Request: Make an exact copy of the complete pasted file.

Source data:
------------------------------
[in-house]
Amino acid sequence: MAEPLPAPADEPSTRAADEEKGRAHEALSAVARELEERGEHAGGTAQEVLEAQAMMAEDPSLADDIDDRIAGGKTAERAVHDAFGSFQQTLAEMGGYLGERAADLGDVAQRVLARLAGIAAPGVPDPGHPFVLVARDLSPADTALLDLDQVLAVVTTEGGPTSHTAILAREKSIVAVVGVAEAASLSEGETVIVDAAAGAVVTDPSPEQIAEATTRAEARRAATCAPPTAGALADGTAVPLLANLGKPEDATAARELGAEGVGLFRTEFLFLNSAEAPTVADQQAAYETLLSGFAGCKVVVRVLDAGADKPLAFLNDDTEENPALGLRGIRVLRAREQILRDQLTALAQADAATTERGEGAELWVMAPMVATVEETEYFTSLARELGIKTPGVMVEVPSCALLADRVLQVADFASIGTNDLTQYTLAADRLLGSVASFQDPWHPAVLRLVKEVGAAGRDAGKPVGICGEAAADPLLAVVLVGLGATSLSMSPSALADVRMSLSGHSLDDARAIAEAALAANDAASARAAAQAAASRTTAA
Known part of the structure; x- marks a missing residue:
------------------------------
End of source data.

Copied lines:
[in-house]
Amino acid sequence: MAEPLPAPADEPSTRAADEEKGRAHEALSAVARELEERGEHAGGTAQEVLEAQAMMAEDPSLADDIDDRIAGGKTAERAVHDAFGSFQQTLAEMGGYLGERAADLGDVAQRVLARLAGIAAPGVPDPGHPFVLVARDLSPADTALLDLDQVLAVVTTEGGPTSHTAILAREKSIVAVVGVAEAASLSEGETVIVDAAAGAVVTDPSPEQIAEATTRAEARRAATCAPPTAGALADGTAVPLLANLGKPEDATAARELGAEGVGLFRTEFLFLNSAEAPTVADQQAAYETLLSGFAGCKVVVRVLDAGADKPLAFLNDDTEENPALGLRGIRVLRAREQILRDQLTALAQADAATTERGEGAELWVMAPMVATVEETEYFTSLARELGIKTPGVMVEVPSCALLADRVLQVADFASIGTNDLTQYTLAADRLLGSVASFQDPWHPAVLRLVKEVGAAGRDAGKPVGICGEAAADPLLAVVLVGLGATSLSMSPSALADVRMSLSGHSLDDARAIAEAALAANDAASARAAAQAAASRTTAA
Known part of the structure; x- marks a missing residue: